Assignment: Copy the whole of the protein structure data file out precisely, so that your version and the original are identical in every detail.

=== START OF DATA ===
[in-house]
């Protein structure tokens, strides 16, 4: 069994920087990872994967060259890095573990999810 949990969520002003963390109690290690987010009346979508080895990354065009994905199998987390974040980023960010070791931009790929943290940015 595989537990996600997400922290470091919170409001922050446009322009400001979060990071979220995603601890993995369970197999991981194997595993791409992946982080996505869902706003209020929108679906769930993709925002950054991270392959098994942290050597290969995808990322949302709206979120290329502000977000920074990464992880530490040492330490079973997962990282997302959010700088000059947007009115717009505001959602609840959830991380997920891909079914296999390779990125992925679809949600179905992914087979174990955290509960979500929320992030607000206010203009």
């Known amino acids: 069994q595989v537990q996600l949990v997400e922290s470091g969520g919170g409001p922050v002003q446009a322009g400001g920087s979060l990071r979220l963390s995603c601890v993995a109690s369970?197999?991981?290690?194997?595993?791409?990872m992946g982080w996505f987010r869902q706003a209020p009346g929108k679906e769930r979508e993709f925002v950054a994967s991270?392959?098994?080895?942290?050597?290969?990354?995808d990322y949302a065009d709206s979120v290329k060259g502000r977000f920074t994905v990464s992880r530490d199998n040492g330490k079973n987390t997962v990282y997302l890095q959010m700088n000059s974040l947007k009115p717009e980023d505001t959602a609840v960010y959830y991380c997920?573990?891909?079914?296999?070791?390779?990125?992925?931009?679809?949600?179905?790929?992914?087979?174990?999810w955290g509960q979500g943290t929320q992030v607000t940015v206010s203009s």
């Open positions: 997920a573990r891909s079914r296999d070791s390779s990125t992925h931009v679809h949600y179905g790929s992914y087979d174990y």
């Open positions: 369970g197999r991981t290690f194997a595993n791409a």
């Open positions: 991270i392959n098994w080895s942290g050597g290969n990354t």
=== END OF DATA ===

[in-house]
């Protein structure tokens, strides 16, 4: 069994920087990872994967060259890095573990999810 949990969520002003963390109690290690987010009346979508080895990354065009994905199998987390974040980023960010070791931009790929943290940015 595989537990996600997400922290470091919170409001922050446009322009400001979060990071979220995603601890993995369970197999991981194997595993791409992946982080996505869902706003209020929108679906769930993709925002950054991270392959098994942290050597290969995808990322949302709206979120290329502000977000920074990464992880530490040492330490079973997962990282997302959010700088000059947007009115717009505001959602609840959830991380997920891909079914296999390779990125992925679809949600179905992914087979174990955290509960979500929320992030607000206010203009």
């Known amino acids: 069994q595989v537990q996600l949990v997400e922290s470091g969520g919170g409001p922050v002003q446009a322009g400001g920087s979060l990071r979220l963390s995603c601890v993995a109690s369970?197999?991981?290690?194997?595993?791409?990872m992946g982080w996505f987010r869902q706003a209020p009346g929108k679906e769930r979508e993709f925002v950054a994967s991270?392959?098994?080895?942290?050597?290969?990354?995808d990322y949302a065009d709206s979120v290329k060259g502000r977000f920074t994905v990464s992880r530490d199998n040492g330490k079973n987390t997962v990282y997302l890095q959010m700088n000059s974040l947007k009115p717009e980023d505001t959602a609840v960010y959830y991380c997920?573990?891909?079914?296999?070791?390779?990125?992925?931009?679809?949600?179905?790929?992914?087979?174990?999810w955290g509960q979500g943290t929320q992030v607000t940015v206010s203009s």
């Open positions: 997920a573990r891909s079914r296999d070791s390779s990125t992925h931009v679809h949600y179905g790929s992914y087979d174990y």
């Open positions: 369970g197999r991981t290690f194997a595993n791409a």
């Open positions: 991270i392959n098994w080895s942290g050597g290969n990354t």